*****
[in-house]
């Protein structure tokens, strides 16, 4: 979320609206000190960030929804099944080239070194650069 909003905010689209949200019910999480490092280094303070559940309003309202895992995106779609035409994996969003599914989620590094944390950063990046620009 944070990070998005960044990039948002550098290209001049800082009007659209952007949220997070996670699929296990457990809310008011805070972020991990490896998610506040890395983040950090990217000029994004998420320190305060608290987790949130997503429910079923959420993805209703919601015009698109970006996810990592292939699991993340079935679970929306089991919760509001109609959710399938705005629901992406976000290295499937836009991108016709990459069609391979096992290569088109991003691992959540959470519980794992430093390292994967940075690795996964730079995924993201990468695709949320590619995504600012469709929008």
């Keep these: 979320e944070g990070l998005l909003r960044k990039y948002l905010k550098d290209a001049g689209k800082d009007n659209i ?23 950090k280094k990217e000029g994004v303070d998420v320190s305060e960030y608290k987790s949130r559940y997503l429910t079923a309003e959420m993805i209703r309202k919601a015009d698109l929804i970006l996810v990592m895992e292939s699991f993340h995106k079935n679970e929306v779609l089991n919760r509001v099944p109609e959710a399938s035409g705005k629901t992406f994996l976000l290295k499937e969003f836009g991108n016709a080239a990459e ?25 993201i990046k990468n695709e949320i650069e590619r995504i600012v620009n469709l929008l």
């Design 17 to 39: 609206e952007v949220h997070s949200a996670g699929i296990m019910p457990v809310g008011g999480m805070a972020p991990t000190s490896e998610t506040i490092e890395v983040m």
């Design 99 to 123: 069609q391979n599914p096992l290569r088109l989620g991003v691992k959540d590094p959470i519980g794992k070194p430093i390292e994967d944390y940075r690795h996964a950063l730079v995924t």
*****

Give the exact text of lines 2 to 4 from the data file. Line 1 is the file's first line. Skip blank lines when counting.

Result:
């Protein structure tokens, strides 16, 4: 979320609206000190960030929804099944080239070194650069 909003905010689209949200019910999480490092280094303070559940309003309202895992995106779609035409994996969003599914989620590094944390950063990046620009 944070990070998005960044990039948002550098290209001049800082009007659209952007949220997070996670699929296990457990809310008011805070972020991990490896998610506040890395983040950090990217000029994004998420320190305060608290987790949130997503429910079923959420993805209703919601015009698109970006996810990592292939699991993340079935679970929306089991919760509001109609959710399938705005629901992406976000290295499937836009991108016709990459069609391979096992290569088109991003691992959540959470519980794992430093390292994967940075690795996964730079995924993201990468695709949320590619995504600012469709929008």
């Keep these: 979320e944070g990070l998005l909003r960044k990039y948002l905010k550098d290209a001049g689209k800082d009007n659209i ?23 950090k280094k990217e000029g994004v303070d998420v320190s305060e960030y608290k987790s949130r559940y997503l429910t079923a309003e959420m993805i209703r309202k919601a015009d698109l929804i970006l996810v990592m895992e292939s699991f993340h995106k079935n679970e929306v779609l089991n919760r509001v099944p109609e959710a399938s035409g705005k629901t992406f994996l976000l290295k499937e969003f836009g991108n016709a080239a990459e ?25 993201i990046k990468n695709e949320i650069e590619r995504i600012v620009n469709l929008l």
């Design 17 to 39: 609206e952007v949220h997070s949200a996670g699929i296990m019910p457990v809310g008011g999480m805070a972020p991990t000190s490896e998610t506040i490092e890395v983040m």